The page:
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Art in the Parks

Through collaborations with a diverse group of arts organizations and artists, Parks bringsto the public both experimental and traditional art in many park locations. Please browse ourlist of current exhibits below, explore our archives of past exhibits or readmore about the Art in the Parks Program.

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Find out which current exhibits are on display near you, and browse our permanent monument collection.

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NYC Parks/Daniel Avila

Dale Chihuly, Rose Crystal Tower
October 6, 2017 to October 5, 2018
Union Square Park, Manhattan
Map/Directions (in Google Maps)


The Rose Crystal Tower stands 31-feet tall and is composed of Polyvitro crystals and steel. Polyvitro—an invention of Chihuly Studio—is the artist’s term for a plastic material which he casts into individual chunks which resemble glass, but are lighter and more resilient. Chihuly first used Polyvitro crystals in the composition “Crystal Mountain,” a 40-foot sculpture featured in the artist’s landmark exhibition, Chihuly in the Light of Jerusalem 2000.

Dale Chihuly is an American artist known for revolutionizing the Studio Glass movement and elevating the perception of the glass medium from the realm of craft to fine art. Over his 50-year career, the artist has become known for his iconic glass sculptures and ambitious architectural installations in historic cities, museums and gardens around the world.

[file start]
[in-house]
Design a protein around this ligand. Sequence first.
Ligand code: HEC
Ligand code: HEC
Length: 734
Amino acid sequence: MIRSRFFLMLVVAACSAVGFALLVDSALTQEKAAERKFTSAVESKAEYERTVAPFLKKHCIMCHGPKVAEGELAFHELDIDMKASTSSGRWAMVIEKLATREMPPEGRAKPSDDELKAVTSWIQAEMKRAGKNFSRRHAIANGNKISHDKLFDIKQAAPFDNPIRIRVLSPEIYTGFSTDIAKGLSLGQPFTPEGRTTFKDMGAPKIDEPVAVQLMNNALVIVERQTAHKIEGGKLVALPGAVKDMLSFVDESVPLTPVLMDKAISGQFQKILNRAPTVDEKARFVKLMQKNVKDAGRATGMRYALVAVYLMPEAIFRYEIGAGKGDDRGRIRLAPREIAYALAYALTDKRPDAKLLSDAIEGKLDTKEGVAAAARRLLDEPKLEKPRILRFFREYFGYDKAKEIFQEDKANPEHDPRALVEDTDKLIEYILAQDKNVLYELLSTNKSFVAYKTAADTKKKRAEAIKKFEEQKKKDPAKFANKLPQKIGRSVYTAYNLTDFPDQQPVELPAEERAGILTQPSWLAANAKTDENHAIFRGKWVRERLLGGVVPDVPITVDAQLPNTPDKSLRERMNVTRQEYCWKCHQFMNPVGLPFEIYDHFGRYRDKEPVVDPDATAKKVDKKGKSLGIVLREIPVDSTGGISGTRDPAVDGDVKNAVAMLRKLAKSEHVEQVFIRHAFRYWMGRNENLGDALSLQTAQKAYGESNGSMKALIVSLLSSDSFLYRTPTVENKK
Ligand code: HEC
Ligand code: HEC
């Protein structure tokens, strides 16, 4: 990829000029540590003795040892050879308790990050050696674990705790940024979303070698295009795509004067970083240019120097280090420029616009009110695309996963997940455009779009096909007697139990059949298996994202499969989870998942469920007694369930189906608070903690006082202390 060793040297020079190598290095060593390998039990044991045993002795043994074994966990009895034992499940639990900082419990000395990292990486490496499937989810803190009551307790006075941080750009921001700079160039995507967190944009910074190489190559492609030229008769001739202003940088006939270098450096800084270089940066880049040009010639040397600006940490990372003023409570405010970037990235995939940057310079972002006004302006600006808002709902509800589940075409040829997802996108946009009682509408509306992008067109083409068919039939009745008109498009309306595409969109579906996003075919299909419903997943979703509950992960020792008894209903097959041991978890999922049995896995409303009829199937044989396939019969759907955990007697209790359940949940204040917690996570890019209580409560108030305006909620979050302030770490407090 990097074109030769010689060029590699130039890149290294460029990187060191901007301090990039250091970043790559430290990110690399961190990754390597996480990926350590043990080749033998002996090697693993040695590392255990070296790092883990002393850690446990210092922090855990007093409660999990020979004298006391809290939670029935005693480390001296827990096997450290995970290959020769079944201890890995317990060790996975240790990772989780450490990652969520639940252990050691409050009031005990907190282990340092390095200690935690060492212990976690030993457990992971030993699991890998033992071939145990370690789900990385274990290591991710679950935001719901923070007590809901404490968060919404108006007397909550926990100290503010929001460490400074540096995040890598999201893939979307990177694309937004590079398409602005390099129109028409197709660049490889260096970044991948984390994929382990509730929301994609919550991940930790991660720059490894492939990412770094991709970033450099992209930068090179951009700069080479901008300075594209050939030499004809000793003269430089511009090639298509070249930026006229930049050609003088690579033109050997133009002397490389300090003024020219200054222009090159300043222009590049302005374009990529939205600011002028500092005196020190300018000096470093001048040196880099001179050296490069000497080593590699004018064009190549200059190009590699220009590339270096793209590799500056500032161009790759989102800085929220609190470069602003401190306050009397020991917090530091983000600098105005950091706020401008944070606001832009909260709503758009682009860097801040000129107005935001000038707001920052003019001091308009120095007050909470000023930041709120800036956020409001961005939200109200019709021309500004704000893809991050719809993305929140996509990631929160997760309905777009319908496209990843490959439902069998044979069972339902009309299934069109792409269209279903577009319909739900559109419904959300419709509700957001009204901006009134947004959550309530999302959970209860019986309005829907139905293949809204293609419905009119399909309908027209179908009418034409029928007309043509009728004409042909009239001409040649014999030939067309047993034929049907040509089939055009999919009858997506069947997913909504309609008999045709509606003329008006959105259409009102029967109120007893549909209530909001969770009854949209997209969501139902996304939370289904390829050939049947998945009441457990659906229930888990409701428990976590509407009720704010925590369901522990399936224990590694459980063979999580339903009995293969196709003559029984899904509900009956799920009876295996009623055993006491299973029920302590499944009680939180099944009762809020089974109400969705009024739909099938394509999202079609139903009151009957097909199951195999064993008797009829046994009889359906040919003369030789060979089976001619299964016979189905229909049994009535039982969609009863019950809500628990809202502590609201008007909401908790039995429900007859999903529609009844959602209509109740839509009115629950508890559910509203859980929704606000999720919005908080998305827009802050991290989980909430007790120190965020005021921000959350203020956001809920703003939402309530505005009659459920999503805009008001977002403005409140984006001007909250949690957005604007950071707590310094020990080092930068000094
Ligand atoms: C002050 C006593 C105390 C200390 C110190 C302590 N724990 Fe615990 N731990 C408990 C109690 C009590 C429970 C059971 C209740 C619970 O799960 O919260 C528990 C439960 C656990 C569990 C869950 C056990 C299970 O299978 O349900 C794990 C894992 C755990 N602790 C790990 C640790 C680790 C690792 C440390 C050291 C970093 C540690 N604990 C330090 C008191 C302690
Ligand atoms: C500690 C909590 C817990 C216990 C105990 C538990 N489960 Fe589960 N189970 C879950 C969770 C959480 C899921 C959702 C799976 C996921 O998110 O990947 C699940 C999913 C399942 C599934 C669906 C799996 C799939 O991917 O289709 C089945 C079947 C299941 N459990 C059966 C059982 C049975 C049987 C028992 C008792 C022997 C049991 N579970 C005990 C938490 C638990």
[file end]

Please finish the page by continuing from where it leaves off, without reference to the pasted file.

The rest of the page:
Courtesy of Marcus Garvey Park Alliance

Jorge Luis Rodriguez, Atlas of the Third Millennium
November 10, 2017 to October 1, 2018
Marcus Garvey Park, Manhattan
Map/Directions (in Google Maps)

Atlas of the Third Millennium represents the cross-section of stellar individuals who have called Harlem their home and those who continue to live, work and contribute to its cultural vibrancy. It is a "universe" of stars celebrating actors, writers, composers, musicians, painters, sculptors, educators, historians, activists, entrepreneurs, and community leaders. Atlas of the Third Millennium pays homage to and renews the resilience and endowment of all daughters and sons of Harlem.

This exhibition is presented by the Marcus Garvey Park Alliance Public Art Initiative .

Image credit: Courtesy of Marcus Garvey Park Alliance

East Harlem at Play, Courtesy of the Marcus Garvey Park Alliance.

Giannina Gutierrez, Ralph Serrano, Jeremy Vega, East Harlem At Play
October 1, 2017 to September 30, 2018
White Park, Manhattan
Map/Directions (in Google Maps)